If a page fails to set an appropriate X-Frame-Options or Content-Security-Policy HTTP header, it might be possible for a page controlled by an attacker to load it within an iframe. This may enable a clickjacking attack, in which the attacker's page overlays the target application's interface with a different interface provided by the attacker. By inducing victim users to perform actions such as mouse clicks and keystrokes, the attacker can cause them to unwittingly carry out actions within the application that is being targeted. This technique allows the attacker to circumvent defenses against cross-site request forgery, and may result in unauthorized actions.
Note that some applications attempt to prevent these attacks from within the HTML page itself, using "framebusting" code. However, this type of defense is normally ineffective and can usually be circumvented by a skilled attacker.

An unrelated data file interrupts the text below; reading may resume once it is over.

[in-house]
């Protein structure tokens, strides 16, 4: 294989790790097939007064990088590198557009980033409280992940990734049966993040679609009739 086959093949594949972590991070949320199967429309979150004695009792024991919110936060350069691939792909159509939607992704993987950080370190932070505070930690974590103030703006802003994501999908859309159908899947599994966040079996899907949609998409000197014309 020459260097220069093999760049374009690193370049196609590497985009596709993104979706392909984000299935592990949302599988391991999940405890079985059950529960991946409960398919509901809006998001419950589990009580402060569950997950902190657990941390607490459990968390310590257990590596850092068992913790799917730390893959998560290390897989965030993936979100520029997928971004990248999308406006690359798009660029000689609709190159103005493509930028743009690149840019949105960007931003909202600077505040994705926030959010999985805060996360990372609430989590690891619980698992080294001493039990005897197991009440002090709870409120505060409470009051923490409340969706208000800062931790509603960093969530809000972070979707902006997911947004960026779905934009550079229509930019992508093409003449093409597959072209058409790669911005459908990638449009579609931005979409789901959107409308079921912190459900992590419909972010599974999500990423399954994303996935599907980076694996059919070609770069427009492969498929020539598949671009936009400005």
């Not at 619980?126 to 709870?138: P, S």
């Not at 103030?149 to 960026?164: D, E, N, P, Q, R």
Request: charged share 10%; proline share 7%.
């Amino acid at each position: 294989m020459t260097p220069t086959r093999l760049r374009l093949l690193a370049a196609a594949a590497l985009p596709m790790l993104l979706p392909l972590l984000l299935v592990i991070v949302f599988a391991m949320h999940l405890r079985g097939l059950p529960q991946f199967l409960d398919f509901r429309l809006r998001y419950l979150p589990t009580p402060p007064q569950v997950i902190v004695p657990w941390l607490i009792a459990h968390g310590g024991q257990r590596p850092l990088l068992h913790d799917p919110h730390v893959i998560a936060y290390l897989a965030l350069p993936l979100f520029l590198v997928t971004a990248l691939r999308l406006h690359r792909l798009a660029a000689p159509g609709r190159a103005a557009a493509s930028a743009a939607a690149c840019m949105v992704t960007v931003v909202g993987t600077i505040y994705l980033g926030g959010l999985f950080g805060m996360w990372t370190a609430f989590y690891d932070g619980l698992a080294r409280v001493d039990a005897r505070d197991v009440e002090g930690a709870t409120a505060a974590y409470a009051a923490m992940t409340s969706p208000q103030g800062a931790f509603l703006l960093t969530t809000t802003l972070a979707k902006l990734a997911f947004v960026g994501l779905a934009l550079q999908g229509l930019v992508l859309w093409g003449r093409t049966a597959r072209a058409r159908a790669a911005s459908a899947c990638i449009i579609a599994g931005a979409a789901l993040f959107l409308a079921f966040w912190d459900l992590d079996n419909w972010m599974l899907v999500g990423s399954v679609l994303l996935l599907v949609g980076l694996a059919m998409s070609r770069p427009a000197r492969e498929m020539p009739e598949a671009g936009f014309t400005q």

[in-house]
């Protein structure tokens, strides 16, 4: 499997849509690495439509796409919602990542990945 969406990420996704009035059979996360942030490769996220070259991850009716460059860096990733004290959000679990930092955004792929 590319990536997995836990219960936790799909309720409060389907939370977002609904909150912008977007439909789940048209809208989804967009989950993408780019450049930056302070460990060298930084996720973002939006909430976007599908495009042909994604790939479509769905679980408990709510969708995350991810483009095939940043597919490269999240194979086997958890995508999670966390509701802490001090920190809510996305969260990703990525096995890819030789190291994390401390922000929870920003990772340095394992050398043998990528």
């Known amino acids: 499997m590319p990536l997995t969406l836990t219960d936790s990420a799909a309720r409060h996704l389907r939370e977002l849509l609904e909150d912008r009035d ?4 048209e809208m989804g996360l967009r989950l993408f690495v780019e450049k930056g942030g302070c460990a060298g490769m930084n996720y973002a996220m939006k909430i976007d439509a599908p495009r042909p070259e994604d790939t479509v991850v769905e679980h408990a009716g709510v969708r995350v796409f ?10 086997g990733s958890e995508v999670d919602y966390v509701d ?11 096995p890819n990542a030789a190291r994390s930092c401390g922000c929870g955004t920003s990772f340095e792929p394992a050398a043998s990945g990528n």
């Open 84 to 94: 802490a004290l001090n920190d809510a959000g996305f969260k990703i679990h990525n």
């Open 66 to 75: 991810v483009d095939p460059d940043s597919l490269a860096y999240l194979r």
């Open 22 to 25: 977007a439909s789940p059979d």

You should determine whether any functions accessible within frameable pages can be used by application users to perform any sensitive actions within the application.
To effectively prevent framing attacks, the application should return a response header with the name X-Frame-Options and the value DENY to prevent framing altogether, or the value SAMEORIGIN to allow framing only by pages on the same origin as the response itself. Note that the SAMEORIGIN header can be partially bypassed if the application itself can be made to frame untrusted websites.